While, as pastors in the western world, we are rarely (if ever) confronted with a situation where we might have to put our lives on the line to preserve a member of our flock, we are often called upon to make other sacrifices for the wellbeing and care of the sheep that God has placed in our care. Yet, how often the “professional clergy” fail to do this. How often, pastors sacrifice the wellbeing of their congregation to advance their own ends or their own reputation in the community or world. How often do we see pastors using a church as a means to an end (whether bouncing from church to church in hopes of bigger churches with bigger salaries or by manipulating the sympathies of the people in the congregation to gain gifts or other benefits).
Beloved, those who seek to use their congregation as a platform to serve their own ends are not serving as pastors. Pastors who are not willing to be poured out even as a drink offering for the strengthening of the faith of the congregation do not have the heart of Paul. As I was told many years ago by another pastor and as I have told many times to others, the pastorate is not a job; it is a lifestyle. We do not punch a clock at the end of the day; we are not given the luxury of not coming in because it is our “day off,” and we are by no means ever amongst those who can leave their job “at work.” We live our calling day in and day out and if we are unwilling to do so, we are unfit for the call.
Does that mean that pastors should resign their pastorate because they have lived poorly in this way? There are many who should. What it means is that, in understanding this great truth, we should repent. And all of us have room to repent daily for none of us fully lives up to the model set before us by Paul…and if not Paul, how far we are from the model Christ set before us. And, if you are not called to be a pastor, but the pastor that God has placed over you is not being faithful in this, do not set out with pitchforks and torches, but approach him in love and grace and encourage him in love to fulfill his calling. Sometimes, in the warp and woof of life, it is easy to be distracted from one’s first love by the busyness that can so consume our days. We all fall woefully short; praise God that there is forgiveness found in Christ.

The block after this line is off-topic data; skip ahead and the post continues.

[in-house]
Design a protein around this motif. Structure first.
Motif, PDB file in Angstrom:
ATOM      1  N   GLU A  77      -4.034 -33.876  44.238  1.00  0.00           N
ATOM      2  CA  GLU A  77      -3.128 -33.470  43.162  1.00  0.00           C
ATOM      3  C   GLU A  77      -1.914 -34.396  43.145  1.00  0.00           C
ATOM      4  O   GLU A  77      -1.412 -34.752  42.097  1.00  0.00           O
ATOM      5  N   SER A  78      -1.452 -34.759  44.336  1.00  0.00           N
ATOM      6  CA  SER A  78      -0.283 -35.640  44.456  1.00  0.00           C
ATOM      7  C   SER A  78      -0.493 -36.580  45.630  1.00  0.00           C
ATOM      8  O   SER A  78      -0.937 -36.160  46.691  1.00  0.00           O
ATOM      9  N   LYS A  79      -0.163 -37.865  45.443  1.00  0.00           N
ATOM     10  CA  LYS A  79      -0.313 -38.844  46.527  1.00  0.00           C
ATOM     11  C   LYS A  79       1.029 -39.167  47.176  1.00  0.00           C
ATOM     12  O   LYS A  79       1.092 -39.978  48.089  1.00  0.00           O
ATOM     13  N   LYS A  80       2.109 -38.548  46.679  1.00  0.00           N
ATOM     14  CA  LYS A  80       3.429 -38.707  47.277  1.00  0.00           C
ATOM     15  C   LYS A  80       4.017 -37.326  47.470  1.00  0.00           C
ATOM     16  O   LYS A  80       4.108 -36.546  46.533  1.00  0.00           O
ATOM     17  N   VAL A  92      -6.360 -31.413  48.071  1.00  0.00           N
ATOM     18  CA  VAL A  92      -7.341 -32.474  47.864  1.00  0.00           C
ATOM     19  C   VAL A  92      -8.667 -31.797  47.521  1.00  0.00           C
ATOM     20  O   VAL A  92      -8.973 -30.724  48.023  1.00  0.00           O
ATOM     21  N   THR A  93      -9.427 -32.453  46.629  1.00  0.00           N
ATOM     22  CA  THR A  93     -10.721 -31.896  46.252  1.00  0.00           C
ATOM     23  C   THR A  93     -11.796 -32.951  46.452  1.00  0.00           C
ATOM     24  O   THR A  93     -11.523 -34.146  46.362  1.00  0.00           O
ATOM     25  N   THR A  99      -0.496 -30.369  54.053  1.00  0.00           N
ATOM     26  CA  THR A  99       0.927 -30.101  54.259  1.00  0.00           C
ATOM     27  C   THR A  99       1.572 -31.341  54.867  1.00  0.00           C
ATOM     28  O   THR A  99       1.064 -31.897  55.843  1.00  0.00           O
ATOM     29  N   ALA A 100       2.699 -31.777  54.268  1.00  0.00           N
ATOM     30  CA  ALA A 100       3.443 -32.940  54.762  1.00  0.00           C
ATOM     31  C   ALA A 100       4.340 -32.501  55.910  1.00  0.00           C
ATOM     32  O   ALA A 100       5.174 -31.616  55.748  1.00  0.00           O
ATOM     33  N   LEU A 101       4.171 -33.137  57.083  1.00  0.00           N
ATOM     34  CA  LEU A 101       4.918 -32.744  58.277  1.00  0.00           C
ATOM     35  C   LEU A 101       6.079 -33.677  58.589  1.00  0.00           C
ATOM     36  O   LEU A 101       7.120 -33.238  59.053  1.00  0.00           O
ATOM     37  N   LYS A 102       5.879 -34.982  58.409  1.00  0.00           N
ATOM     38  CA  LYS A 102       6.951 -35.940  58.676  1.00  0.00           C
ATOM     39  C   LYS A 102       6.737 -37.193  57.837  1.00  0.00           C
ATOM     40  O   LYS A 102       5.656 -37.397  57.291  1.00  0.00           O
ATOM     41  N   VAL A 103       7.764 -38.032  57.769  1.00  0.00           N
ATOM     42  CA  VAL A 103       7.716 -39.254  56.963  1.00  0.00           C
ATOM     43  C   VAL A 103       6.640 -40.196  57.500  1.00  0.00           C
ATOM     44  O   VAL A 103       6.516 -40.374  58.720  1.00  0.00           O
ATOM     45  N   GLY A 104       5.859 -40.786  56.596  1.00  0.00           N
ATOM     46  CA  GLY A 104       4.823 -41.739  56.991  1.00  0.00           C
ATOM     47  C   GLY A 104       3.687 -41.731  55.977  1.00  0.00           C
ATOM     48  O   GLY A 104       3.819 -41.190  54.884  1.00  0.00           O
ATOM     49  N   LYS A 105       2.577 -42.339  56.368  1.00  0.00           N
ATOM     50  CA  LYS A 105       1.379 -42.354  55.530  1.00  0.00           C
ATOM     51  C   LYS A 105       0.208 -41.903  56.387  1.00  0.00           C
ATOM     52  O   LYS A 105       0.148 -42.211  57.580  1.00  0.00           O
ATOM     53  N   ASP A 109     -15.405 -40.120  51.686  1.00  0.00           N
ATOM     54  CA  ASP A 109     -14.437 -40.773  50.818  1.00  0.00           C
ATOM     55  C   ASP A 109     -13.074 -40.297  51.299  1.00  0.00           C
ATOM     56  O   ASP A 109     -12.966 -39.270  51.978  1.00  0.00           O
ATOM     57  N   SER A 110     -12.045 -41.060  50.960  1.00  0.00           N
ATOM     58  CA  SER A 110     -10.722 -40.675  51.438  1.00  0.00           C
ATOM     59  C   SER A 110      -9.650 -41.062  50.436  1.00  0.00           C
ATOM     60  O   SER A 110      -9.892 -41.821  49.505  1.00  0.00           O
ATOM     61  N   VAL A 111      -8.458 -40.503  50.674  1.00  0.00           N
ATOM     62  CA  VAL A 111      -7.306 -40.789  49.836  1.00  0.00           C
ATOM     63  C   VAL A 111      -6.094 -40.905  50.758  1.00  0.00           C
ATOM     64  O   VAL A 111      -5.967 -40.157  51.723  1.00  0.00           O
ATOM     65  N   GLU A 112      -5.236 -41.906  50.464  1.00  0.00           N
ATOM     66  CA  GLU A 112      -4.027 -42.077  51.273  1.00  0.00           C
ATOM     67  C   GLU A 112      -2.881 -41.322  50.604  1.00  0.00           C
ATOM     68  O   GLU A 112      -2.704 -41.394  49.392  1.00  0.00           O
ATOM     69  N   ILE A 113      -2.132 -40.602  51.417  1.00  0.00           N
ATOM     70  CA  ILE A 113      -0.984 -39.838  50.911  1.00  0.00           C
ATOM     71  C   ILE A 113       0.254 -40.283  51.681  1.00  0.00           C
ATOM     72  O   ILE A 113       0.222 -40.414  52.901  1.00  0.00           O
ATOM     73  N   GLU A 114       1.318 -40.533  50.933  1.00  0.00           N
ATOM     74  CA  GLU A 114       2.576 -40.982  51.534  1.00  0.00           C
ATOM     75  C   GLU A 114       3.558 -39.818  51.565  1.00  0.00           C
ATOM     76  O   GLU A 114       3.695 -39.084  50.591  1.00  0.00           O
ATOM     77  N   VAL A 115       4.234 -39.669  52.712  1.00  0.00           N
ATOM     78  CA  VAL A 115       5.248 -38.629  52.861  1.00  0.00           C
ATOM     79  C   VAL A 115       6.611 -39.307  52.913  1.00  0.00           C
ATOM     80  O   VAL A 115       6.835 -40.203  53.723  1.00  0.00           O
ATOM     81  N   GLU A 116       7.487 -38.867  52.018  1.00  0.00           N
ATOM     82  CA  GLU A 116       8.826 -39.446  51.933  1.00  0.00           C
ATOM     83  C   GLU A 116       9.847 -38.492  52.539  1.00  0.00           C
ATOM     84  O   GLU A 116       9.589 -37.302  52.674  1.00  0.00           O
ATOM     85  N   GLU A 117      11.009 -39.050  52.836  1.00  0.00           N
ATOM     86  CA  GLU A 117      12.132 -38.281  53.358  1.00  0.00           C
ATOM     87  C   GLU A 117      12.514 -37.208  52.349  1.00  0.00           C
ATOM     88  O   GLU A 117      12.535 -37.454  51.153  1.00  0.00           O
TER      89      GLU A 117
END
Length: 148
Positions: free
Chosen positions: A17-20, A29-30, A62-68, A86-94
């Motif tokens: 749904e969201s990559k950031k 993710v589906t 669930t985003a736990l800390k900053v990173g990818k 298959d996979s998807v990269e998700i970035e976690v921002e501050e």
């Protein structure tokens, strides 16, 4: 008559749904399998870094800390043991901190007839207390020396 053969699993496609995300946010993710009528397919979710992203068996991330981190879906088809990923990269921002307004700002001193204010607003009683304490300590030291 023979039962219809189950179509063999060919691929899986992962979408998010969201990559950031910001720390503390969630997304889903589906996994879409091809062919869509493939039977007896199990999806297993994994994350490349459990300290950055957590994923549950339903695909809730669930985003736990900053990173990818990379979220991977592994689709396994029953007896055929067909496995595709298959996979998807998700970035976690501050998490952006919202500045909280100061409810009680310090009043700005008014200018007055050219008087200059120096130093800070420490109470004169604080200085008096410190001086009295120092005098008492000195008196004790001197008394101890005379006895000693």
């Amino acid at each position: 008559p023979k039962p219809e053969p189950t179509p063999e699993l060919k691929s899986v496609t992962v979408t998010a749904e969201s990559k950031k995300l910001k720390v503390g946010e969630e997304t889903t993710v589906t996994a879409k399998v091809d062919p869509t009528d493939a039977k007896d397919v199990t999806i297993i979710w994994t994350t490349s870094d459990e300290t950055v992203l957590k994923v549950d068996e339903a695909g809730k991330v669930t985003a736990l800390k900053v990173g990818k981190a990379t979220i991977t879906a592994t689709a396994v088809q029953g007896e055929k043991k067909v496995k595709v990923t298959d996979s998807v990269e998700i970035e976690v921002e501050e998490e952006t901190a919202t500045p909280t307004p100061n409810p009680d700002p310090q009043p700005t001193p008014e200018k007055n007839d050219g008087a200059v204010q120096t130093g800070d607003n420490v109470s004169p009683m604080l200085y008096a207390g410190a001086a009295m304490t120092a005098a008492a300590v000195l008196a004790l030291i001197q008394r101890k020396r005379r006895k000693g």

“If therefore there is consolation in Christ, if there is encouragement of love, if there is fellowship of the Spirit, if there is affection and compassion, then fulfill my joy in order that you might be disposed to these things: having this love, being united, and being of one mind.”
Indeed, if there is any desire that pastors have for their flock this would summarize it. One might add: “attentiveness to the Scriptures,” yet I would suggest that the only way the above can happen in a body of Christians is if the body is attentive to the Word of God. How often churches go astray because they don’t start at the right spot…sitting under the Word.
Some translations render the phrase “fellowship of the Spirit” as “spiritual fellowship,” which is a legitimate translation as the word “Spirit” does not have a definite article. At the same time, given the language of consolation in Christ, the parallelism seems to imply also that the fellowship will be in the Spirit, hence the choice to capitalize the term, seeing it as a reference to the Third member of the Trinity and not to the spirituality of believers.
This notion of unity becomes foundational to what Paul will speak of next…wisdom for all of us in Christ’s church. If we cannot get this notion into our beings, we will fall into fighting and bickering. And where there is fighting and bickering, almost always this spirit of unity is lacking. I have said more times than I care to count that these first 11 verses of Philippians 2 are the most significant verses that guide our Christian living…they send a simple message but contain profound truths. Yet, all in Paul’s timing as he unfolds the words of this letter.
“I give thanks to my God for every remembrance of you, always and every prayer of mine for all of you, making prayer with gladness because of your fellowship in the Gospel from the first day until now.”